Definition of repair
Repair was defined as fulfilling all of the following three criteria: (a) presence of a negative change in erosion score on a joint level on two subsequent time points both when scored with known and concealed time order; (b) persistence of the lower erosion score for ≥2 subsequent years; (c) agreement on the negative change in erosion score between at least two of the three readers. When data on two subsequent years were not available, all three readers had to agree with the negative change in erosion score.
Patients with and without repair were compared for several baseline characteristics and for the total Sharp–van der Heijde scores during follow-up. Achievement of sustained DMARD-free remission (ie, persistent (≥1 year) absence of arthritis after cessation of treatment with DMARDs)13 was evaluated in both groups. The annually assessed swollen joint count was studied to investigate whether the joints that showed repair had clinically detectable arthritis in the 2 years preceding the development of radiologically visible repair.
Differences in means were analysed with the Mann–Whitney test. Proportions were compared using the χ2 test. The Statistical program for Social Sciences (SPSS) version 14 was used. p Values <0.05 were considered significant.
Prevalence of repair
Seventy of 250 patients with RA had a decrease in the erosion score in any of the joints on at least one occasion, when all series of radiographs were evaluated with known time order. After rescoring with concealed time order, 32 joints with repair were identified in 18 (7.2%) patients. Of these, 26 were small joints of the hands (eight metacarpophalangeal joints, nine proximal interphalangeal joints and nine radiocarpal joints) and six were metatarsophalangeal joints. Thirty joints showed a persistently negative change in erosion score for ≥2 years and for two joints no data on two additional years were available but there was agreement of all three readers on the identification of repair. Sixty-one per cent of the patients showed repair in one joint; 11%, 17% and 11% expressed repair in two, three and four joints, respectively. The highest frequency of repair occurred after 4–6 years' follow-up (figure 1). The frequency of repair was 13.0% for inclusion between 1993 and 1995 and 5.2% for inclusion between 1996 and 2000.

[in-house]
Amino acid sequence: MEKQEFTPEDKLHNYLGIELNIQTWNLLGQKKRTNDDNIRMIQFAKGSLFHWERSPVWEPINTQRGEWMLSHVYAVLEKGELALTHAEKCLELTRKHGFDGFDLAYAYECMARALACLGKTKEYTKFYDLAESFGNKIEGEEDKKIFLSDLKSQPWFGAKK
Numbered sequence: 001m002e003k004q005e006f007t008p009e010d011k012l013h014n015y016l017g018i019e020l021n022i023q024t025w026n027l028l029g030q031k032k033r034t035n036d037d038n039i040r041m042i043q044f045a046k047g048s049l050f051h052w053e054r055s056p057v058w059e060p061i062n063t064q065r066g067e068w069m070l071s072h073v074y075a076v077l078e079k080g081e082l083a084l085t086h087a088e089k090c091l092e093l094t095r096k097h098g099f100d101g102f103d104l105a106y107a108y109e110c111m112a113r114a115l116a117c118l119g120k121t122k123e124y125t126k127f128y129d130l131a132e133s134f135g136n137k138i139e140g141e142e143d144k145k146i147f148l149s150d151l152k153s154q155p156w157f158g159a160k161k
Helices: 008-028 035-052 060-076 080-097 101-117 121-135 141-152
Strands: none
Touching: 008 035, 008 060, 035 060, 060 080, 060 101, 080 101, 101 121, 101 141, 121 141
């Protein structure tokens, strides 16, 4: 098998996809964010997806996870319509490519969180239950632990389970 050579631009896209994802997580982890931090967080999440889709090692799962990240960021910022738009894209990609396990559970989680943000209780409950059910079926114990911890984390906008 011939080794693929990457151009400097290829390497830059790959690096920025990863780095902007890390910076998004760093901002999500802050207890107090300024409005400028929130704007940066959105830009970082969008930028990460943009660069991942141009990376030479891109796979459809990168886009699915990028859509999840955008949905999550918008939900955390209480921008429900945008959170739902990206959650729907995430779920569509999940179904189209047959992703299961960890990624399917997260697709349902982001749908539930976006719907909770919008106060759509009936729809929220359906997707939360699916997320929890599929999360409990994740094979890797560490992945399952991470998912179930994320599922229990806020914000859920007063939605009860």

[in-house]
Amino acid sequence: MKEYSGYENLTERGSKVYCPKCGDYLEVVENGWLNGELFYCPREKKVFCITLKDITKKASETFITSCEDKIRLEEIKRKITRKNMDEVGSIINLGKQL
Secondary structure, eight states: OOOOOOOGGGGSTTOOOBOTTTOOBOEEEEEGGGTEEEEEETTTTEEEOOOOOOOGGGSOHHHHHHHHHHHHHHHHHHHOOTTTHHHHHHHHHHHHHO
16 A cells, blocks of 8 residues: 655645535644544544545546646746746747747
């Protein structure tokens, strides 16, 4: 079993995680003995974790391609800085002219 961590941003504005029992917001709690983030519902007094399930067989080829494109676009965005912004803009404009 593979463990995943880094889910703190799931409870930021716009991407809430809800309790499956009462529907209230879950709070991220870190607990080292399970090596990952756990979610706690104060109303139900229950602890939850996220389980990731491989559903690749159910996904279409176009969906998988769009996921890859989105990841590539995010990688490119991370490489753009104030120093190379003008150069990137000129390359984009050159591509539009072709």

Baseline characteristics of patients expressing repair
Patients with and without repair did not differ in age, gender, Ritchie score, swollen joint count, C-reactive protein (CRP) level and total Sharp–van der Heijde score at baseline (table 1). In contrast, patients with repair were more often rheumatoid factor-IgM positive (OR=3.7, 95% CI 1.2 to 11.5, p=0.025) and anti-cyclic citrullinated peptide positive (OR 7.9, 95% CI 1.8 to 35.2, p=0.007) than the non-repair group.
Disease course of patients expressing repair
Seventeen patients with repair (94%) had an increase in total Sharp score at the same time as showing repair in individual joints; only one patient showed a decrease in total Sharp score, indicating that, next to repair, simultaneous progression was present in other joints.
During the disease course patients with repair had a significantly higher Sharp–van der Heijde scores than patients without repair (figure 2A). A similar observation was made for the total erosion score (figure 2B).
The achievement of sustained DMARD-free remission was compared for patients with and without repair. One patient of the repair group had clinical remission (5.6%), compared with 24.1% (56/232 patients) in the non-repair group (OR=0.15, 95% CI 0.01 to 1.37, p=0.07).
The presence of joint swelling for the 23 joints showing repair in the metacarpophalangeal, proximal interphalangeal or metatarsophalangeal joints was evaluated at the two previous years. This showed that joint swelling was absent in 22 joints in 2 years preceding repair and in one joint, swelling was absent 1 year preceding repair.